Getting yelled at is never fun. But getting yelled at in my condition and under these circumstances was particularly not fun. I think I found a chair and sat down. And I might have even closed my eyes. I certainly tuned out the yelling. But in my head, a movie was playing. And in that movie was the past 24 hours of my life. The movie included all my other very sick patients and how hard I had been working, and how tired and sad and lonely I was and how this experience I was having outside the movie was dreadful and horrible and how I wanted nothing more than for it to stop. I don’t think the movie included any sense of how this patient or her husband felt. I had no empathy for them. I just hated them. It was sick.

So at some point, the movie ended and I came back to that room on Osler 3 where I was still being yelled at. I think I might have interrupted them and stood up. And what I said next went something like this:

“See, I realize you are mad, but what you don’t realize is that I have actually been doing my best to take care of you and all I have gotten from you is abuse. And see, I have lots of other patients in the hospital who are actually sick, and I can’t believe I am here wasting my time being yelled at by you.”

At that point, there was a pause. It felt like a long pause. And then as if I had pressed a button that activated a program, they immediately began to gather their things and pack them into a suitcase. I stood silently and watched them pack and then walk out of the room and down the hall toward the elevator. It felt like it was all happening in slow motion. I don’t think they said a word to me and I definitely did not say a word to them. When they were gone, one of the nurses came and put her arm around me and quietly whispered, “Thank you” into my ear.

I was numb.

At some point, I must have found my resident, or he found me after having learned what happened. I really don’t recall anyone yelling at me or being mad or angry. The private GI attending was likely angry, but he was nowhere to be found. Somehow, I managed to finish the rest of my work and go home. I slept all night and well into the next day.

I returned to the hospital Monday morning to be on call (again). I also got a message that my program director wanted to see me. My resident took my pager and told me to go to his office. When they took your pager, it was serious. It did not happen often.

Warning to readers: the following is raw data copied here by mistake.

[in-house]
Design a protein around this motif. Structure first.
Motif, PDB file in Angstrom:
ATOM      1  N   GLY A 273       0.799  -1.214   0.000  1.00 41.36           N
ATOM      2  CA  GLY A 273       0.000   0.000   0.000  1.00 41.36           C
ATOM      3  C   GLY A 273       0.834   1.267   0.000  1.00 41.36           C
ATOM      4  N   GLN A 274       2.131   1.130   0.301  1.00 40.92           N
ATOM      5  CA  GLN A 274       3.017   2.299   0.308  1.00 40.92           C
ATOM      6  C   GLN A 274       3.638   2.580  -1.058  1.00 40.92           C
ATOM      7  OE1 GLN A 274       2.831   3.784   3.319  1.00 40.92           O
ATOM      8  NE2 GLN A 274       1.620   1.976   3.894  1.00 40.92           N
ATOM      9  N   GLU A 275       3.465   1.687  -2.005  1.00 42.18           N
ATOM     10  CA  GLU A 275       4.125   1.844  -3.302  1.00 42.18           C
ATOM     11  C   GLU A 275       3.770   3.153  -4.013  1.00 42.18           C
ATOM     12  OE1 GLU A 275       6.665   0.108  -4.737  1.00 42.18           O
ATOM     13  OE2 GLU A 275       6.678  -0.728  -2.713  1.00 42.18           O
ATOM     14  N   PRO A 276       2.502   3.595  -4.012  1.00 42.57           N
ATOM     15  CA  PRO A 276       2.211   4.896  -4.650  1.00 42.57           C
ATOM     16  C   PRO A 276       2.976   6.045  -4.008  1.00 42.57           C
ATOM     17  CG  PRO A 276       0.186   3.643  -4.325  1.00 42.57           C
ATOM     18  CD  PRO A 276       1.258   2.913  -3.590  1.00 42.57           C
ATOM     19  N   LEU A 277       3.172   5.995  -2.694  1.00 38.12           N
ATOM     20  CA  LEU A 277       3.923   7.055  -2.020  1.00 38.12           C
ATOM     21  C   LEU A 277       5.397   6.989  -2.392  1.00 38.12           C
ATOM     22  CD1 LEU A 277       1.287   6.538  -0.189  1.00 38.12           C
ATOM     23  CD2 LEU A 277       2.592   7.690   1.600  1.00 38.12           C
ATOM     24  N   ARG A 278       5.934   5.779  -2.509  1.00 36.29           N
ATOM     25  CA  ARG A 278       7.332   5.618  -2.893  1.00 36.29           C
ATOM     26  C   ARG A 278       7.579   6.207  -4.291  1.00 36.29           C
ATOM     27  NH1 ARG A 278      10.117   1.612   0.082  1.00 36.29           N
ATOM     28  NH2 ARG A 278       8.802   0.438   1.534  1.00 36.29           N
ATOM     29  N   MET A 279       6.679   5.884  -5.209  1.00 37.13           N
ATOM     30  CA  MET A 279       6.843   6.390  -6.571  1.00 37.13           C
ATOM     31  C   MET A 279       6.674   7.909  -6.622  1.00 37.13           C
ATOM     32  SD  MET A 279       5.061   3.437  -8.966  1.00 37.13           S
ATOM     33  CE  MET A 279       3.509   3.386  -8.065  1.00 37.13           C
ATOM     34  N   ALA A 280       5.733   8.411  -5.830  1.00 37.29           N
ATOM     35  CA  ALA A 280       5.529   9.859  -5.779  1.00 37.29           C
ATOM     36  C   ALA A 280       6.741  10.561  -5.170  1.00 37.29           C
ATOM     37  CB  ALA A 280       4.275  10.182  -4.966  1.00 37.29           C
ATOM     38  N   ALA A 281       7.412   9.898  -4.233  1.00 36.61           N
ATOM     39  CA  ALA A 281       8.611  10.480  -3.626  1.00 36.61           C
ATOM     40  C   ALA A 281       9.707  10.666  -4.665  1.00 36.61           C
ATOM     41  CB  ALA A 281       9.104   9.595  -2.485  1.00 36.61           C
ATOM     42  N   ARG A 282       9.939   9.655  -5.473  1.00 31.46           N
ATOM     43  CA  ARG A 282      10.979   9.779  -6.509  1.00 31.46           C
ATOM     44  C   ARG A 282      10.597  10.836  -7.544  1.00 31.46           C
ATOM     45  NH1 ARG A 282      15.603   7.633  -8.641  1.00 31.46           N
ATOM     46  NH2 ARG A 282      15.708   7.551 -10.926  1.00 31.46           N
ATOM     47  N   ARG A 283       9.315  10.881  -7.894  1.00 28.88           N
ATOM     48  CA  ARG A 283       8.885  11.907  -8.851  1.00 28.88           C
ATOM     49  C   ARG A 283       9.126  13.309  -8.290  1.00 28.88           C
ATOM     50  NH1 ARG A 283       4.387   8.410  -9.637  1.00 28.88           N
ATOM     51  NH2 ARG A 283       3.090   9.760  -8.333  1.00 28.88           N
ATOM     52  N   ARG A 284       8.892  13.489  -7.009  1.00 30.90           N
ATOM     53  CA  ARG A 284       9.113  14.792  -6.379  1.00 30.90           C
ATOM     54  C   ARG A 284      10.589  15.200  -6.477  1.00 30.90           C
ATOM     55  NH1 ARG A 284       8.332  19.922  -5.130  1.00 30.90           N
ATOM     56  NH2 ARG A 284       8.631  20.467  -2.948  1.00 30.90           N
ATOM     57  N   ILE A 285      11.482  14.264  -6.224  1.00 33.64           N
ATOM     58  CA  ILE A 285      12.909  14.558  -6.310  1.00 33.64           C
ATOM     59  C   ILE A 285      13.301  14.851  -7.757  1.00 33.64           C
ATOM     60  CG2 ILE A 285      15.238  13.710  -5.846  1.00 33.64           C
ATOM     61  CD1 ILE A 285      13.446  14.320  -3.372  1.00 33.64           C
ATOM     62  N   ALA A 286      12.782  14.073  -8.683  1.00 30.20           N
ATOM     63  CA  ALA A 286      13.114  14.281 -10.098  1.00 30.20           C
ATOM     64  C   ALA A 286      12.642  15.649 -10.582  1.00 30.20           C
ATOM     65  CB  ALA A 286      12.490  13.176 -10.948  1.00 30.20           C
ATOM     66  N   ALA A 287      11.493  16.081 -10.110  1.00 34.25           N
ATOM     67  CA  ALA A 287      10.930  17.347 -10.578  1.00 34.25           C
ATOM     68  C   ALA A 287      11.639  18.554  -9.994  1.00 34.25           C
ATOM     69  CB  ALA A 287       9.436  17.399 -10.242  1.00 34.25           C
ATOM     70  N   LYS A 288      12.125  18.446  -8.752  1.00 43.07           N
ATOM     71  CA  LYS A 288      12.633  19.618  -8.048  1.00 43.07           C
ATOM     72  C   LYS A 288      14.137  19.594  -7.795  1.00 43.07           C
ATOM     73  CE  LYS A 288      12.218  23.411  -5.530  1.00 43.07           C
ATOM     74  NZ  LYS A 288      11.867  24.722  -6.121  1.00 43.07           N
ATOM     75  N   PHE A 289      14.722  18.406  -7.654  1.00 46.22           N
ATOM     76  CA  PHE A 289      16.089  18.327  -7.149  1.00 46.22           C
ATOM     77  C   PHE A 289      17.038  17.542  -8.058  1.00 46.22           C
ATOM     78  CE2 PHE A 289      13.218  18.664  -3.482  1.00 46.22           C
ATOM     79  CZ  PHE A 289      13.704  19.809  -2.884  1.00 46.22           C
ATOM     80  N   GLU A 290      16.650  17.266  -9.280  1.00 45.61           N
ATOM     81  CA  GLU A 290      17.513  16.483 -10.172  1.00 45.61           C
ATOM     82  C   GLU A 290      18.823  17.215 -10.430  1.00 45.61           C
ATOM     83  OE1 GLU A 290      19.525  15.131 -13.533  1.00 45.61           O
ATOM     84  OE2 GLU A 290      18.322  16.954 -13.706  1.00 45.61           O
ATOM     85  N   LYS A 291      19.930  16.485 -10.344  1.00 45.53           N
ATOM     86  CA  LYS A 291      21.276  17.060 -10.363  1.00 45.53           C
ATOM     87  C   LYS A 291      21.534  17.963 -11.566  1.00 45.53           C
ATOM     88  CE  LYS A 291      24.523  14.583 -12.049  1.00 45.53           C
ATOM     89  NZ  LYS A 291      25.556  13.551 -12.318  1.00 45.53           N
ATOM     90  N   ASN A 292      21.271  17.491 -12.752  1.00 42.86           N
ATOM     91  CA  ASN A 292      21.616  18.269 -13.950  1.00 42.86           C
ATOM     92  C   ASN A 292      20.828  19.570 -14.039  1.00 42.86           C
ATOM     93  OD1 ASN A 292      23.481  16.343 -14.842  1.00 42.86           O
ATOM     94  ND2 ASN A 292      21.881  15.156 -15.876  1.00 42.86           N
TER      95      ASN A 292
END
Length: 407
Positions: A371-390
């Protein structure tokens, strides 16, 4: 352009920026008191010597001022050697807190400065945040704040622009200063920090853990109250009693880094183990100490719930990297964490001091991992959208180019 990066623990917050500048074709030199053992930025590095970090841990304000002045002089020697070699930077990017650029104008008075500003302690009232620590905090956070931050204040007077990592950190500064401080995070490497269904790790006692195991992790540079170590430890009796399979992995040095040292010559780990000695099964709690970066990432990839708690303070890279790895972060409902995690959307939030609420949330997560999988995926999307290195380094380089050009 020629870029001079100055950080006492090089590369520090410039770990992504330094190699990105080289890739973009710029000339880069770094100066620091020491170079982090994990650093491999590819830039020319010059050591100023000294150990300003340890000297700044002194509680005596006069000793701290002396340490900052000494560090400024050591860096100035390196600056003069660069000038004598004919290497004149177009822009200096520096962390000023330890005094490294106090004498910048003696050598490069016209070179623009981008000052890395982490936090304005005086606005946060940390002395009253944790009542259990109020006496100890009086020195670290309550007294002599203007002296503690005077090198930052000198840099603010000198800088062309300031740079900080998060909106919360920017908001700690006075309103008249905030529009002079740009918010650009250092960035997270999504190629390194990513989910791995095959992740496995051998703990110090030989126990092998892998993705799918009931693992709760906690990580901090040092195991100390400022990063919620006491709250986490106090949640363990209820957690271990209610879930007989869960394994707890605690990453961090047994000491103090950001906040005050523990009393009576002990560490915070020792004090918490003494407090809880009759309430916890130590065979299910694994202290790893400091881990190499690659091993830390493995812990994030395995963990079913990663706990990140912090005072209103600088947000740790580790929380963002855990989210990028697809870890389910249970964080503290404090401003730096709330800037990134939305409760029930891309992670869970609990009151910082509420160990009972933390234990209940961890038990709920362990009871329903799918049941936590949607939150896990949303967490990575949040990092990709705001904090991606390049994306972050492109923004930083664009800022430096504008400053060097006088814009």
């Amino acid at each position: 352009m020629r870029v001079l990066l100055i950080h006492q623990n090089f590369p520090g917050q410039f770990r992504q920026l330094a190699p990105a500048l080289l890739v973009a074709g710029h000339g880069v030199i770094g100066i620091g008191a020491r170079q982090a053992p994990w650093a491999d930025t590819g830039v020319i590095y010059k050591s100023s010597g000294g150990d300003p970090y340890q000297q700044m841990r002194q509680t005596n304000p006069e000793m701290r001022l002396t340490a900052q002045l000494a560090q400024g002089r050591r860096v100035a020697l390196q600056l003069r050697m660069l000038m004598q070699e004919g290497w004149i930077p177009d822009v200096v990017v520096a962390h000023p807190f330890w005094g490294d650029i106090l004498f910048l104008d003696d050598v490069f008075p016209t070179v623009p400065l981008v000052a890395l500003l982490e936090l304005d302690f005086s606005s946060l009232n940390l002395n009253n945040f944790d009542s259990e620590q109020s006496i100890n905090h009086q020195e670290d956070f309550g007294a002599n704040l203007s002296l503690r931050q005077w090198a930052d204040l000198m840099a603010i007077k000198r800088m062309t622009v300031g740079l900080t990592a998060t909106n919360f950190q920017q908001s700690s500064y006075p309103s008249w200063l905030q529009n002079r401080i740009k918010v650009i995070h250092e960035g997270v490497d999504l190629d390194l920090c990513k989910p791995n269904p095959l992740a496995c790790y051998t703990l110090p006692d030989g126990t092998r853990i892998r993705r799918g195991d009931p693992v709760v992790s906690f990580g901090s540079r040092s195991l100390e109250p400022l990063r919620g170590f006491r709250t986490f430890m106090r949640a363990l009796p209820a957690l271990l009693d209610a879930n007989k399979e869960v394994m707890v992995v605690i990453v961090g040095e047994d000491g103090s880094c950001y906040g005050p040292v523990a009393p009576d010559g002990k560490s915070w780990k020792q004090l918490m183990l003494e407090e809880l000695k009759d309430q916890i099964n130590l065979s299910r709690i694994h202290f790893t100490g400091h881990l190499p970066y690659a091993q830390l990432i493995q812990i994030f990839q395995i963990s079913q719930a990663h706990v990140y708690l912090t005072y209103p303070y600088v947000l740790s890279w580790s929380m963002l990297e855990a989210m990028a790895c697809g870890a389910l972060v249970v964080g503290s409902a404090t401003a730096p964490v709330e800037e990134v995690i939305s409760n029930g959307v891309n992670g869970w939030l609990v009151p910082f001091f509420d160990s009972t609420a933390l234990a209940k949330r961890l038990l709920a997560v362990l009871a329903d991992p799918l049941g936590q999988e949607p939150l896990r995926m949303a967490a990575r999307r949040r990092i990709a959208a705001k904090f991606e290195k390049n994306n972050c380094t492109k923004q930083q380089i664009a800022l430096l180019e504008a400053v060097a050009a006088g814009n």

I don’t recall the specifics of how the conversation in the program director’s office went. I think I told him my version of the story. He was a very quiet man and said very little. He listened intently and then said thanks and that I could go. I don’t think I asked what was going to happen to me. I don’t think I cared.

Honestly, I am not sure I ever heard about this whole thing again. I think they understood that I understood that what I did was wrong. But I also think they understood. So there was nothing else to say. I finished my intern year and went on to be a resident and that was it. But that experience and that story stuck with me. There are so many lessons and so many meanings, but just as my program director let me go without walking me through all of those many issues, I will let you go without doing the same.

Thursday, November 17, 2016

The Death of the Physical Exam

I recently saw a young man who had experienced a short run of atrial fibrillation (an arrhythmia) during an elective outpatient surgical procedure. His primary care doctor wanted help with the arrhythmia and so sent him to me for a consult.

He had no significant medical history, and he was active and completely asymptomatic.